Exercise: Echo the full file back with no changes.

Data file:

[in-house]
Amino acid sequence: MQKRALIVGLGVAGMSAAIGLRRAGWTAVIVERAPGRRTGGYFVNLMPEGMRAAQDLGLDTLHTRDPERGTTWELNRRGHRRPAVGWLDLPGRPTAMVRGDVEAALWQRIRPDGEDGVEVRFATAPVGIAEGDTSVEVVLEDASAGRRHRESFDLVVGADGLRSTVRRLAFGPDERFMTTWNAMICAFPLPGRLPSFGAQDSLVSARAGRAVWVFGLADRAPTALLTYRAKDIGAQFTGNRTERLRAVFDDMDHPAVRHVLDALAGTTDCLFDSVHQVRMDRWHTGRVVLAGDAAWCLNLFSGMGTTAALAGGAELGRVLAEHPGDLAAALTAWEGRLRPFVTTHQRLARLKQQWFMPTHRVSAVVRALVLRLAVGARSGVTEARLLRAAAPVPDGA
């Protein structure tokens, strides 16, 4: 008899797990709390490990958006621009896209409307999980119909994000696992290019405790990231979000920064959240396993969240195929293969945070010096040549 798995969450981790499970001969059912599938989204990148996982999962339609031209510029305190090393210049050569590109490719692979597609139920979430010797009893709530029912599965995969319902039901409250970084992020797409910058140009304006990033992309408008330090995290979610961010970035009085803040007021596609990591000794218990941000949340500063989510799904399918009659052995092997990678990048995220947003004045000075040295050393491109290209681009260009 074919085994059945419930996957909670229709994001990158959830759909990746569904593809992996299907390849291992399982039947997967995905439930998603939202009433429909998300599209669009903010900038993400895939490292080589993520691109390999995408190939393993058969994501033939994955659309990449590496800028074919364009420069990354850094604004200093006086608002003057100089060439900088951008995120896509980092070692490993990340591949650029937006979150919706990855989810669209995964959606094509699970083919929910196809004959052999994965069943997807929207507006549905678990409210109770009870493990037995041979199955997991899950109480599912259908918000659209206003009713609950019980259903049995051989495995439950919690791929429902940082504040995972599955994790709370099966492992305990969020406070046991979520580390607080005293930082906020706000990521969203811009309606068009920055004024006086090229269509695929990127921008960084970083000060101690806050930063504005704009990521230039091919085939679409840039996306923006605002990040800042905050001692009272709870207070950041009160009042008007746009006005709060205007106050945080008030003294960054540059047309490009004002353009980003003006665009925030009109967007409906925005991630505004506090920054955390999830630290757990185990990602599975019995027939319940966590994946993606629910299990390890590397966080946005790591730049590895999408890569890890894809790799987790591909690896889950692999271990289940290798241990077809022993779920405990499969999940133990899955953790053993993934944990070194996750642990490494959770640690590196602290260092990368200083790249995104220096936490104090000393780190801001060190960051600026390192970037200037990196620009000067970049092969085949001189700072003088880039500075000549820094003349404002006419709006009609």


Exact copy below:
[in-house]
Amino acid sequence: MQKRALIVGLGVAGMSAAIGLRRAGWTAVIVERAPGRRTGGYFVNLMPEGMRAAQDLGLDTLHTRDPERGTTWELNRRGHRRPAVGWLDLPGRPTAMVRGDVEAALWQRIRPDGEDGVEVRFATAPVGIAEGDTSVEVVLEDASAGRRHRESFDLVVGADGLRSTVRRLAFGPDERFMTTWNAMICAFPLPGRLPSFGAQDSLVSARAGRAVWVFGLADRAPTALLTYRAKDIGAQFTGNRTERLRAVFDDMDHPAVRHVLDALAGTTDCLFDSVHQVRMDRWHTGRVVLAGDAAWCLNLFSGMGTTAALAGGAELGRVLAEHPGDLAAALTAWEGRLRPFVTTHQRLARLKQQWFMPTHRVSAVVRALVLRLAVGARSGVTEARLLRAAAPVPDGA
């Protein structure tokens, strides 16, 4: 008899797990709390490990958006621009896209409307999980119909994000696992290019405790990231979000920064959240396993969240195929293969945070010096040549 798995969450981790499970001969059912599938989204990148996982999962339609031209510029305190090393210049050569590109490719692979597609139920979430010797009893709530029912599965995969319902039901409250970084992020797409910058140009304006990033992309408008330090995290979610961010970035009085803040007021596609990591000794218990941000949340500063989510799904399918009659052995092997990678990048995220947003004045000075040295050393491109290209681009260009 074919085994059945419930996957909670229709994001990158959830759909990746569904593809992996299907390849291992399982039947997967995905439930998603939202009433429909998300599209669009903010900038993400895939490292080589993520691109390999995408190939393993058969994501033939994955659309990449590496800028074919364009420069990354850094604004200093006086608002003057100089060439900088951008995120896509980092070692490993990340591949650029937006979150919706990855989810669209995964959606094509699970083919929910196809004959052999994965069943997807929207507006549905678990409210109770009870493990037995041979199955997991899950109480599912259908918000659209206003009713609950019980259903049995051989495995439950919690791929429902940082504040995972599955994790709370099966492992305990969020406070046991979520580390607080005293930082906020706000990521969203811009309606068009920055004024006086090229269509695929990127921008960084970083000060101690806050930063504005704009990521230039091919085939679409840039996306923006605002990040800042905050001692009272709870207070950041009160009042008007746009006005709060205007106050945080008030003294960054540059047309490009004002353009980003003006665009925030009109967007409906925005991630505004506090920054955390999830630290757990185990990602599975019995027939319940966590994946993606629910299990390890590397966080946005790591730049590895999408890569890890894809790799987790591909690896889950692999271990289940290798241990077809022993779920405990499969999940133990899955953790053993993934944990070194996750642990490494959770640690590196602290260092990368200083790249995104220096936490104090000393780190801001060190960051600026390192970037200037990196620009000067970049092969085949001189700072003088880039500075000549820094003349404002006419709006009609």